On Slide 22, and again, as Mauricio has highlighted, we’ve seen an improvement in all operations compared to last quarter. But we are still down in most operations with the exception of Guatemala, and we are still below pre-COVID levels. And the relatively stronger performance in Guatemala, it was up 3.9% organically, is driven by an improvement in prepaid and the continuing strength of the home business. Colombia, where we were broadly flat organically with a good performance in home, offset by mobile and B2B.

And in mobile, it was better than it looked. Last year in Q3, we were still booking Avantel revenue, prior to that company filing for bankruptcy. This is the last quarter where this will be a factor. So in dollar terms also, we reported revenues of 11.4% down in the quarter.

And again, this is entirely due to FX. We are also facing FX headwinds with Paraguay, where reported service revenue was down 15.2%. Excluding the FX impact and the one-offs we saw in the last year numbers, our service revenue was down just under 2%. This is a significant improvement compared to the last quarters.

So on Slide 23, we’ve got the LatAm EBITDA by country. Again, we have seen sequential improvement with cost-saving measures benefiting most markets. Guatemala continues to lead the way with 3.2% year-on-year growth, while elsewhere, the picture largely reflects the revenue impacts discussed in previous slides. Now I want to turn to the balance sheet on Slide 24.

And you will have seen that we have been very active. Specifically, we have called the Comcel bond in Guatemala. That was our most expensive financing. We will refinance that with a combination of local currency bank loans, existing cash resources and some shareholder loans.

We have also taken advantage of favorable market conditions to issue new bonds maturing in 2031, and this will replace an existing bond that matures in 2025. Now, the impact of these and other measures lead to where our average maturity is now 6.4 years. The average cost of debt is 5.7%. And you can see from the slide that we really have very little in the way of refinancings before 2024.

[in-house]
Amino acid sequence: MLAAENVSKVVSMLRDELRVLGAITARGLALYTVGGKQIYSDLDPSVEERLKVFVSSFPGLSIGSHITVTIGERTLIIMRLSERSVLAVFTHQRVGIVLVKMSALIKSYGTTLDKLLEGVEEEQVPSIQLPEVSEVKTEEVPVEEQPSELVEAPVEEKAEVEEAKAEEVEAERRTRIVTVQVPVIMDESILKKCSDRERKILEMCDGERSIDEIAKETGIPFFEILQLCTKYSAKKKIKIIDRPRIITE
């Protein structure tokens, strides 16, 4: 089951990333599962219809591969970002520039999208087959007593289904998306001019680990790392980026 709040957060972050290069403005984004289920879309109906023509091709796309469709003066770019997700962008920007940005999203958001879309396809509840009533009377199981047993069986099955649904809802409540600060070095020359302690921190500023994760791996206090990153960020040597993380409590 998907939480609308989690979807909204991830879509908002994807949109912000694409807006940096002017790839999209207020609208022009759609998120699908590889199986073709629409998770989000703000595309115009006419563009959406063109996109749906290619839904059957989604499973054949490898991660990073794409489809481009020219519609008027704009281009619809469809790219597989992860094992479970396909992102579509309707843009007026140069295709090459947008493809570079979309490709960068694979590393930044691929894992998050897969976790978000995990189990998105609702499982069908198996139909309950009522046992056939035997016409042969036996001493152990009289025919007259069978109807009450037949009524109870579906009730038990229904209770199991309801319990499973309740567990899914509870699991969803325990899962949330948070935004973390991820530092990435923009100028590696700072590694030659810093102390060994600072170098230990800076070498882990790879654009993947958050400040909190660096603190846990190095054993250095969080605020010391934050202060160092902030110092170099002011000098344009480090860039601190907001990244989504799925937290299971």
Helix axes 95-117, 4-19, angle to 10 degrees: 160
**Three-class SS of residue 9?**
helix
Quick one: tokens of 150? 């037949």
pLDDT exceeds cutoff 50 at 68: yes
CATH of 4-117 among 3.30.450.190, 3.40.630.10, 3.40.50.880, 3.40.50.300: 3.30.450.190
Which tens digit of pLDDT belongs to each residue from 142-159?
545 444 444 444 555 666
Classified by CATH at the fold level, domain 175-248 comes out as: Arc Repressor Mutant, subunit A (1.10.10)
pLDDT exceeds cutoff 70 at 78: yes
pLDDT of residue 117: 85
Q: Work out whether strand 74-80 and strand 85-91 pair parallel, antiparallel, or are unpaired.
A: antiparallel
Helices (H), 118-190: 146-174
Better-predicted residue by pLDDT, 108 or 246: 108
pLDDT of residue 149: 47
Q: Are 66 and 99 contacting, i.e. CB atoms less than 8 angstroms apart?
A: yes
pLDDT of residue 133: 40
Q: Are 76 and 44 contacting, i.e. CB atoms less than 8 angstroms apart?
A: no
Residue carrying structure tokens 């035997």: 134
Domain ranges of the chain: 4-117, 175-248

I’ll finish off on Slide 25, looking at our current debt and leverage position. Again, aligned with our strategy of preserving cash and paying down, we’ve reduced our underlying debt by $239 million in the last six months. So our underlying debt — net debt is now at $5.7 billion, giving us proportional leverage of 3.16 times. And when leases are added to our financial — to our net financial obligations, these are now a shade under $7 billion and the proportional leverage including leases at 3.29 times.

And with that, I’d like to hand back to Mauricio to wrap up.

Mauricio RamosChief Executive Officer

Thank you, Tim. Before we take your questions, let me wrap up with a recap of key messages. First, our customer base is growing again. In mobile prepaid, we are at pre-COVID levels.

Postpaid, we still have some work to do. And in home, we’ve continued to grow through and despite the pandemic. We expect that today’s user growth will drive tomorrow’s revenue growth, and that’s the key moment in our Q3 numbers. Second, revenue and EBITDA improved in Q3 compared to Q2.

We still have a way to go before we get to positive year-on-year growth. And we know this pandemic is far from over, but we are getting back on track and we remain positive, yet very cautious. Third, we have made a priority during the pandemic to protect our cash flow and to reduce the net debt. You know that.

We’re well on track to deliver the $1.4 billion of operating cash flow that we guided toward, and we continue to reduce net debt in the quarter. And fourth, we continue investing. We’re doing so in the areas that are aligned with our long-term strategy and in ways that position us to bounce back strong, better than ever after the pandemic passes. And you can already see that starting to happen in our Q3 results, and we’re all doing these things with a clear sense of purpose.

And with that, we’re ready for your questions.

Questions & Answers:

Operator

[Operator instructions] Our first question or comment comes from the line of Stefan Gauffin from DNB Bank. Your line is open.

Stefan GauffinDNB Bank — Analyst

Yes, hello. A couple of questions, please. First, included in your target to keep operating cash flow stable was to cut costs with at least 100 million and to cut capex with 200 to 300 million. So far, you have only cut capex with 75 million year to date.

And with the current improved development, are you still aiming to cut capex to this extent or have you changed that target? If you cut capex to that extent, the operating cash flow target do seem conservative? Secondly, next year, you have increased competition in Colombia with one likely to launch. How are you preparing for this increased competition? Are you looking more toward converged offerings in that market? Or any other flavor that you can give there would be appreciated.